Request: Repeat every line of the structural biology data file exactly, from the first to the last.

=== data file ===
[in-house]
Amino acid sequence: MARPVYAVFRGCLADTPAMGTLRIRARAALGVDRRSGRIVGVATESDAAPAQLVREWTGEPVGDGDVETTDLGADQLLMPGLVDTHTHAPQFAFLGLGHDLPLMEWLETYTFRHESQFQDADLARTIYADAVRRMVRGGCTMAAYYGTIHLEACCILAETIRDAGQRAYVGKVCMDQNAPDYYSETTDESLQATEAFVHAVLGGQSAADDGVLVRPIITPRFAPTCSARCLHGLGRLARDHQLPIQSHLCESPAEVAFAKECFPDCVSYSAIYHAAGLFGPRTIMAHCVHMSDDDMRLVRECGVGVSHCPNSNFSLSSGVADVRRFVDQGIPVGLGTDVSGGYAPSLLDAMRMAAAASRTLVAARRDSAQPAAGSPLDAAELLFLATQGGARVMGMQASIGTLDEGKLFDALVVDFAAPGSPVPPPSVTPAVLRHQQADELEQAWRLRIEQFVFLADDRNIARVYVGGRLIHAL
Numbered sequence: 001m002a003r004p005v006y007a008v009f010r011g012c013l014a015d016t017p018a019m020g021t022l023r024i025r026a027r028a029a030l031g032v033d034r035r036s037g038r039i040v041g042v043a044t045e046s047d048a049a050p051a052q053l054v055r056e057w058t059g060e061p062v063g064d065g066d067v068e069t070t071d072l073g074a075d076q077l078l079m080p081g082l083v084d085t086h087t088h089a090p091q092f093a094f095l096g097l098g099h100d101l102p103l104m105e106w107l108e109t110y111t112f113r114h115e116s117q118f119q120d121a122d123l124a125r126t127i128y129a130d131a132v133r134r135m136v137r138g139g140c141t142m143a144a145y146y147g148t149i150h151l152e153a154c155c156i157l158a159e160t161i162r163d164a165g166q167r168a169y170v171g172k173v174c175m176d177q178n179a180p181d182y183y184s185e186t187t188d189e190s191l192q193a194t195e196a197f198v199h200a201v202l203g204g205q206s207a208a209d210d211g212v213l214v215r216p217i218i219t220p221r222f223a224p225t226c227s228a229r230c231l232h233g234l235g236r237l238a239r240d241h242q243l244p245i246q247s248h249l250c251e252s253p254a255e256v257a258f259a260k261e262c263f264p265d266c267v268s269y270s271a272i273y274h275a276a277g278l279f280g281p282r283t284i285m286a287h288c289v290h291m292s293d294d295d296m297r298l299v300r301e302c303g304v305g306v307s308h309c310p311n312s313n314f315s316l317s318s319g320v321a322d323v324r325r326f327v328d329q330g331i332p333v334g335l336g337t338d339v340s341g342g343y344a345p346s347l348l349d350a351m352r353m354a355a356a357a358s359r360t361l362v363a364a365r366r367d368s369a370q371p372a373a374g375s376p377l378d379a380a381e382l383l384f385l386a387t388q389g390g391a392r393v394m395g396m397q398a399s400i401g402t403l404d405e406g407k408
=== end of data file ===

[in-house]
Amino acid sequence: MARPVYAVFRGCLADTPAMGTLRIRARAALGVDRRSGRIVGVATESDAAPAQLVREWTGEPVGDGDVETTDLGADQLLMPGLVDTHTHAPQFAFLGLGHDLPLMEWLETYTFRHESQFQDADLARTIYADAVRRMVRGGCTMAAYYGTIHLEACCILAETIRDAGQRAYVGKVCMDQNAPDYYSETTDESLQATEAFVHAVLGGQSAADDGVLVRPIITPRFAPTCSARCLHGLGRLARDHQLPIQSHLCESPAEVAFAKECFPDCVSYSAIYHAAGLFGPRTIMAHCVHMSDDDMRLVRECGVGVSHCPNSNFSLSSGVADVRRFVDQGIPVGLGTDVSGGYAPSLLDAMRMAAAASRTLVAARRDSAQPAAGSPLDAAELLFLATQGGARVMGMQASIGTLDEGKLFDALVVDFAAPGSPVPPPSVTPAVLRHQQADELEQAWRLRIEQFVFLADDRNIARVYVGGRLIHAL
Numbered sequence: 001m002a003r004p005v006y007a008v009f010r011g012c013l014a015d016t017p018a019m020g021t022l023r024i025r026a027r028a029a030l031g032v033d034r035r036s037g038r039i040v041g042v043a044t045e046s047d048a049a050p051a052q053l054v055r056e057w058t059g060e061p062v063g064d065g066d067v068e069t070t071d072l073g074a075d076q077l078l079m080p081g082l083v084d085t086h087t088h089a090p091q092f093a094f095l096g097l098g099h100d101l102p103l104m105e106w107l108e109t110y111t112f113r114h115e116s117q118f119q120d121a122d123l124a125r126t127i128y129a130d131a132v133r134r135m136v137r138g139g140c141t142m143a144a145y146y147g148t149i150h151l152e153a154c155c156i157l158a159e160t161i162r163d164a165g166q167r168a169y170v171g172k173v174c175m176d177q178n179a180p181d182y183y184s185e186t187t188d189e190s191l192q193a194t195e196a197f198v199h200a201v202l203g204g205q206s207a208a209d210d211g212v213l214v215r216p217i218i219t220p221r222f223a224p225t226c227s228a229r230c231l232h233g234l235g236r237l238a239r240d241h242q243l244p245i246q247s248h249l250c251e252s253p254a255e256v257a258f259a260k261e262c263f264p265d266c267v268s269y270s271a272i273y274h275a276a277g278l279f280g281p282r283t284i285m286a287h288c289v290h291m292s293d294d295d296m297r298l299v300r301e302c303g304v305g306v307s308h309c310p311n312s313n314f315s316l317s318s319g320v321a322d323v324r325r326f327v328d329q330g331i332p333v334g335l336g337t338d339v340s341g342g343y344a345p346s347l348l349d350a351m352r353m354a355a356a357a358s359r360t361l362v363a364a365r366r367d368s369a370q371p372a373a374g375s376p377l378d379a380a381e382l383l384f385l386a387t388q389g390g391a392r393v394m395g396m397q398a399s400i401g402t403l404d405e406g407k408